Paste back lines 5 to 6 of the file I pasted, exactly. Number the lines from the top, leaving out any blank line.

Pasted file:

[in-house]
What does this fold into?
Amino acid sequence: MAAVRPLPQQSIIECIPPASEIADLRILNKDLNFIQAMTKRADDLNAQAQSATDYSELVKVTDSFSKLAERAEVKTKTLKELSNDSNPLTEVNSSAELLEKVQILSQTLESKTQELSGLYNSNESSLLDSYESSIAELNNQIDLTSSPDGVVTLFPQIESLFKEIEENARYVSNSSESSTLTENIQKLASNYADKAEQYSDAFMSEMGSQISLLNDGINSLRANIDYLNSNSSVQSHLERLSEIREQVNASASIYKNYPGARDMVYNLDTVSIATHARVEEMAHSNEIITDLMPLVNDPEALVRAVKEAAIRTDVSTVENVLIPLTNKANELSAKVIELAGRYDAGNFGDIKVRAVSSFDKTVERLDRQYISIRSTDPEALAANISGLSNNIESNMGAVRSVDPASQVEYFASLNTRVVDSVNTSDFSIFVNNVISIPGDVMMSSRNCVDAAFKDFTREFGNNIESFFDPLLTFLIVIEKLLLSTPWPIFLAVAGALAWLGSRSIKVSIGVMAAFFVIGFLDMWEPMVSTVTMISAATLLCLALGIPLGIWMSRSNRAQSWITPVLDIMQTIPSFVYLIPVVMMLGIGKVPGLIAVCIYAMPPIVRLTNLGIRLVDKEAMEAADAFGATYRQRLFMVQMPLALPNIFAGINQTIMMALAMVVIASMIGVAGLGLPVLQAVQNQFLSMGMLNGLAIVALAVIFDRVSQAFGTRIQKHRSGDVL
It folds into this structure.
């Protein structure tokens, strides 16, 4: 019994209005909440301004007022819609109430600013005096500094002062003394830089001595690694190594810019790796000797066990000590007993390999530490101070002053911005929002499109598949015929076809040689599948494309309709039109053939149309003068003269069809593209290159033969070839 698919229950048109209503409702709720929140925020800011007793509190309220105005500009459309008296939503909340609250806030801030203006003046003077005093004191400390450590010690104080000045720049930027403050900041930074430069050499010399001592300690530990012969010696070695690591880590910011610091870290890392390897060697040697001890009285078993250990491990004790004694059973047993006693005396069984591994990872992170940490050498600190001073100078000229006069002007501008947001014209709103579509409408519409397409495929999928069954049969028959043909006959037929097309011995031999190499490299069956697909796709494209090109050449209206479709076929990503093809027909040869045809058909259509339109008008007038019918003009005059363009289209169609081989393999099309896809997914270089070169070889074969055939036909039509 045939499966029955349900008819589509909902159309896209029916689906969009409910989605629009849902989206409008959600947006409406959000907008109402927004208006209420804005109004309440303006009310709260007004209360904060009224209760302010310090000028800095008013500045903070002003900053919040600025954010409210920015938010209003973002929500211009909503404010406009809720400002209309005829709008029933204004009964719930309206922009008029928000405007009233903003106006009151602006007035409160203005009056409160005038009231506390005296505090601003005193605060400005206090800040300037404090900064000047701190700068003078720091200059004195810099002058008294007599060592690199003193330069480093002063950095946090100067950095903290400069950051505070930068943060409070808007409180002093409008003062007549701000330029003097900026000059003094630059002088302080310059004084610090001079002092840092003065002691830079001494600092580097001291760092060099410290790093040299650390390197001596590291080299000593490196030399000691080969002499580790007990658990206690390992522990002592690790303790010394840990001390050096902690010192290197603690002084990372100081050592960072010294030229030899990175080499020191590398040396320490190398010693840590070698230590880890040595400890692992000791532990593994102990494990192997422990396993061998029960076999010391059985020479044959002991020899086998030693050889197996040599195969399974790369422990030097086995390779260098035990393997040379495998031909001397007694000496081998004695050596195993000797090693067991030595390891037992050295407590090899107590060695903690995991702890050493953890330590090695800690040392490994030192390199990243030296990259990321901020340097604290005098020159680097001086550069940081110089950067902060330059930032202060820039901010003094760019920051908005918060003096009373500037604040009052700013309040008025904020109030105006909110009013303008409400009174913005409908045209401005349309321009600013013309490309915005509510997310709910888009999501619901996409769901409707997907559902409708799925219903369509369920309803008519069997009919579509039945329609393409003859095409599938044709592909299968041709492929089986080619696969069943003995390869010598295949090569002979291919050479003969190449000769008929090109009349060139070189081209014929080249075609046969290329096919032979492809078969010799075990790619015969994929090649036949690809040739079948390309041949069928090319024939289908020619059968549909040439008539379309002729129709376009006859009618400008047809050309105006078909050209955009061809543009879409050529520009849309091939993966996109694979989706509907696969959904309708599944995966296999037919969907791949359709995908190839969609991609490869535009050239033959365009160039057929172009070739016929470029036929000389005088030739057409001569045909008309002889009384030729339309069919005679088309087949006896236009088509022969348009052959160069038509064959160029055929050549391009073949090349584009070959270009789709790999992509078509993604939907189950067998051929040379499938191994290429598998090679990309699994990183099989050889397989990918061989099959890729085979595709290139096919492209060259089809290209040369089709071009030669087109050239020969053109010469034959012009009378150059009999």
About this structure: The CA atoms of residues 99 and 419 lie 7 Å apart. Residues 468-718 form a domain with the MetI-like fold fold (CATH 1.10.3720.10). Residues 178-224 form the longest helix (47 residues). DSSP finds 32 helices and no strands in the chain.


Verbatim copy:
């Protein structure tokens, strides 16, 4: 019994209005909440301004007022819609109430600013005096500094002062003394830089001595690694190594810019790796000797066990000590007993390999530490101070002053911005929002499109598949015929076809040689599948494309309709039109053939149309003068003269069809593209290159033969070839 698919229950048109209503409702709720929140925020800011007793509190309220105005500009459309008296939503909340609250806030801030203006003046003077005093004191400390450590010690104080000045720049930027403050900041930074430069050499010399001592300690530990012969010696070695690591880590910011610091870290890392390897060697040697001890009285078993250990491990004790004694059973047993006693005396069984591994990872992170940490050498600190001073100078000229006069002007501008947001014209709103579509409408519409397409495929999928069954049969028959043909006959037929097309011995031999190499490299069956697909796709494209090109050449209206479709076929990503093809027909040869045809058909259509339109008008007038019918003009005059363009289209169609081989393999099309896809997914270089070169070889074969055939036909039509 045939499966029955349900008819589509909902159309896209029916689906969009409910989605629009849902989206409008959600947006409406959000907008109402927004208006209420804005109004309440303006009310709260007004209360904060009224209760302010310090000028800095008013500045903070002003900053919040600025954010409210920015938010209003973002929500211009909503404010406009809720400002209309005829709008029933204004009964719930309206922009008029928000405007009233903003106006009151602006007035409160203005009056409160005038009231506390005296505090601003005193605060400005206090800040300037404090900064000047701190700068003078720091200059004195810099002058008294007599060592690199003193330069480093002063950095946090100067950095903290400069950051505070930068943060409070808007409180002093409008003062007549701000330029003097900026000059003094630059002088302080310059004084610090001079002092840092003065002691830079001494600092580097001291760092060099410290790093040299650390390197001596590291080299000593490196030399000691080969002499580790007990658990206690390992522990002592690790303790010394840990001390050096902690010192290197603690002084990372100081050592960072010294030229030899990175080499020191590398040396320490190398010693840590070698230590880890040595400890692992000791532990593994102990494990192997422990396993061998029960076999010391059985020479044959002991020899086998030693050889197996040599195969399974790369422990030097086995390779260098035990393997040379495998031909001397007694000496081998004695050596195993000797090693067991030595390891037992050295407590090899107590060695903690995991702890050493953890330590090695800690040392490994030192390199990243030296990259990321901020340097604290005098020159680097001086550069940081110089950067902060330059930032202060820039901010003094760019920051908005918060003096009373500037604040009052700013309040008025904020109030105006909110009013303008409400009174913005409908045209401005349309321009600013013309490309915005509510997310709910888009999501619901996409769901409707997907559902409708799925219903369509369920309803008519069997009919579509039945329609393409003859095409599938044709592909299968041709492929089986080619696969069943003995390869010598295949090569002979291919050479003969190449000769008929090109009349060139070189081209014929080249075609046969290329096919032979492809078969010799075990790619015969994929090649036949690809040739079948390309041949069928090319024939289908020619059968549909040439008539379309002729129709376009006859009618400008047809050309105006078909050209955009061809543009879409050529520009849309091939993966996109694979989706509907696969959904309708599944995966296999037919969907791949359709995908190839969609991609490869535009050239033959365009160039057929172009070739016929470029036929000389005088030739057409001569045909008309002889009384030729339309069919005679088309087949006896236009088509022969348009052959160069038509064959160029055929050549391009073949090349584009070959270009789709790999992509078509993604939907189950067998051929040379499938191994290429598998090679990309699994990183099989050889397989990918061989099959890729085979595709290139096919492209060259089809290209040369089709071009030669087109050239020969053109010469034959012009009378150059009999």
About this structure: The CA atoms of residues 99 and 419 lie 7 Å apart. Residues 468-718 form a domain with the MetI-like fold fold (CATH 1.10.3720.10). Residues 178-224 form the longest helix (47 residues). DSSP finds 32 helices and no strands in the chain.